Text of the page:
No Questions Answered by George Barr Mccutcheon

Story type: Literature


$25.00 For the Apprehension or Capture of Person or Persons Who Successfully Stole the Fashionable Bulldog Belonging to Mrs. M. Fryback on or About Friday of Last Week!

N. B.–Said dog occasionally answers to the name of Marmaduke, but mostly to Mike.

An Additional Reward of Three Dollars Cash will be paid for the return of said dog, with or without said Criminals. No Questions asked.

A. CROW, Marshal of Tinkletown.

The foregoing poster, fresh from the press of the Banner printing office, made itself conspicuous at no less than a dozen points in the village of Tinkletown on a blustery February morning. Early visitors to the post office in Lamson’s store were the first to discover it, tacked neatly on the bulletin board. Others saw it in front of the Town Hall, while others, who rarely took the trouble to look at a telephone pole before leaning against it, found themselves gazing with interest at the notice that covered the customary admonition:

“Post No Bills.”

Of course every one in Tinkletown knew, and had known for the matter of a week or more, that Mort Fryback’s bulldog was “lost, strayed or stolen,” but this was the first glaring intimation that Mort had also lost his mind. In the first place, Mike–as he was familiarly known to every inhabitant–wasn’t worth more than a dollar and a half when he was in his prime, and that, according to recollection, must have been at least twelve or fifteen years prior to his unexplained disappearance. In the second place, it was pretty generally understood that Mike–recently Marmaduke–had surreptitiously taken a dose of prussic acid in a shed back of Kepsal’s blacksmith shop and was now enjoying a state of perfect rejuvenation in the happy hunting ground.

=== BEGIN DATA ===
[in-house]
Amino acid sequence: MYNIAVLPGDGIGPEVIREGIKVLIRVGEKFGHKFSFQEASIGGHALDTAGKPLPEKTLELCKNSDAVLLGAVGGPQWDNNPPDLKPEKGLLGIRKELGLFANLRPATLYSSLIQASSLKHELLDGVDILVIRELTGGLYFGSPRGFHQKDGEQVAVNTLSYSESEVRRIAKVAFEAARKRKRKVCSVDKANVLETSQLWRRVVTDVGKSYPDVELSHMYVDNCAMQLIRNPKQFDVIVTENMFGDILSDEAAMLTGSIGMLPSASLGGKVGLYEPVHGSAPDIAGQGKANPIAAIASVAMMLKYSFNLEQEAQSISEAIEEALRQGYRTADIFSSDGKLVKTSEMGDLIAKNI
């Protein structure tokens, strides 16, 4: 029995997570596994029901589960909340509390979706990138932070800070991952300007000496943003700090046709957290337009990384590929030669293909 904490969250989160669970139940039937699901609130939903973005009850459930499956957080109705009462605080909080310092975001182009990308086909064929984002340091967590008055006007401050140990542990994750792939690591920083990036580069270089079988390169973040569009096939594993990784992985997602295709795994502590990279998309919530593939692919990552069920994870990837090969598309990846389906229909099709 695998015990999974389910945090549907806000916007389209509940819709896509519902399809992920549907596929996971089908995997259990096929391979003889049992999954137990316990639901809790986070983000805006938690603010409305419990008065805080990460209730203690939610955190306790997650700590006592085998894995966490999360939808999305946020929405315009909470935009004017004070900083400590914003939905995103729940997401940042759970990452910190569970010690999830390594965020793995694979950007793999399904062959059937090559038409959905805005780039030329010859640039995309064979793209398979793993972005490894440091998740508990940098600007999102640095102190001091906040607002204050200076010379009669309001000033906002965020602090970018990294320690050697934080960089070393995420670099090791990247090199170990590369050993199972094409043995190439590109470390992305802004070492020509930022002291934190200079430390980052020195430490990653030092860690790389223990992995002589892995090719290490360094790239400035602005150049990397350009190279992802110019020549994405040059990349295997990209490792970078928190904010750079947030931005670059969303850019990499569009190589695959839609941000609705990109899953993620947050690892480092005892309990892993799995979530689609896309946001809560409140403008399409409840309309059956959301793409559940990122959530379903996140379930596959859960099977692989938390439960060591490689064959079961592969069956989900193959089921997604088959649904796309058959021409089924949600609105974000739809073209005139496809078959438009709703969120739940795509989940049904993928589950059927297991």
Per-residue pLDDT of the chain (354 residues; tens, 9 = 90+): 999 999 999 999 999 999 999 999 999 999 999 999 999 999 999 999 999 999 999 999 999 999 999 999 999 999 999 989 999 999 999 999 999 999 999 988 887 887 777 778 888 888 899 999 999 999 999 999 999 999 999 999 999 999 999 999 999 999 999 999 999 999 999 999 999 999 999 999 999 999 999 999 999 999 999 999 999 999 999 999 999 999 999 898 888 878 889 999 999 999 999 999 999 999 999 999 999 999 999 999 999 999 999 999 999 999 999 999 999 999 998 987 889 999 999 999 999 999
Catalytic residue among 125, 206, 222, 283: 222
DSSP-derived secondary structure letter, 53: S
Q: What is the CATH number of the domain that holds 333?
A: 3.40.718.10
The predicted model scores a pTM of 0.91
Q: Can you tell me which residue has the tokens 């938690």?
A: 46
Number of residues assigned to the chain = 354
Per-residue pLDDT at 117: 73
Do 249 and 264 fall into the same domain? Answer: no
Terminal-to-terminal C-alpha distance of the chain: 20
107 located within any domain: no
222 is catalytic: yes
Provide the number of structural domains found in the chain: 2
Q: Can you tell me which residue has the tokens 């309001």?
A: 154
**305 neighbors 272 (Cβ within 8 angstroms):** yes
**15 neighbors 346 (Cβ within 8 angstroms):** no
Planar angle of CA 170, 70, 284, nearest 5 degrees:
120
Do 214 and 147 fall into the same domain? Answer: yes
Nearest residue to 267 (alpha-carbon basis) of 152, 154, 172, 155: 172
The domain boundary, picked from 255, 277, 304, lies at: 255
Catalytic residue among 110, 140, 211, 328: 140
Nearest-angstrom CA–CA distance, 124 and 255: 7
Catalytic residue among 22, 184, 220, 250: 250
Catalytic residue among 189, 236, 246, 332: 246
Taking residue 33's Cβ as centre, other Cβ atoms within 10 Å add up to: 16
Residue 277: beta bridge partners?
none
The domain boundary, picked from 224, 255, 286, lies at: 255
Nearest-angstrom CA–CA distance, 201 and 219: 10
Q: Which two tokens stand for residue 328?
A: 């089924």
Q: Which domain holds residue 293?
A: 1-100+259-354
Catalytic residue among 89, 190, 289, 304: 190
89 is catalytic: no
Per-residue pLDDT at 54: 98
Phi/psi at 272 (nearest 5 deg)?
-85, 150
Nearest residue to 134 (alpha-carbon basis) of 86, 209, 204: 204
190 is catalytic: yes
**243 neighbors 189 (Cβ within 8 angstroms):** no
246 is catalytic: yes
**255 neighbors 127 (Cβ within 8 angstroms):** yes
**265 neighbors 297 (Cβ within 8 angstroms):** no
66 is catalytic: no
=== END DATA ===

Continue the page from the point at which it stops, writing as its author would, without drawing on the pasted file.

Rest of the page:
Mr. Alf Reesling, the town drunkard, after having scanned four of the notices on his way to the post office, informed a group of citizens in front of Brubaker’s drugstore that Anderson Crow would do almost anything to get his name into print. Alf and the town marshal had had one of their periodical “fallings out,” and, for the moment at least, the former was inclined to bitterness.

“To begin with,” explained Alf, “there ain’t a dog in this town that’s worth stealin’, to say nothin’ of three dollars. You can’t tell me that Mort Fryback would give three dollars to get that dog back, not even if he was alive–which he ain’t, if you c’n believe Bill Kepsal. No, sir; it’s just because Anderson wants to see his name in print, that’s what it is. I bet if you was to ask Mort if he has agreed to pay–how much is it all told?–twenty-eight dollars–if he has agreed to pay all that money for nothin’, he’d order you out of his store.”

“Mrs. Fryback told my wife a couple of weeks ago that Marmaduke was a prize bull, and she wouldn’t take a hundred dollars for him,” said Newt Spratt. “Seems that she had somebody look up his pedigree, and he turns out to be a stepson or something like that of a dog that won first prize at a bench show–whatever that is–in New York City.”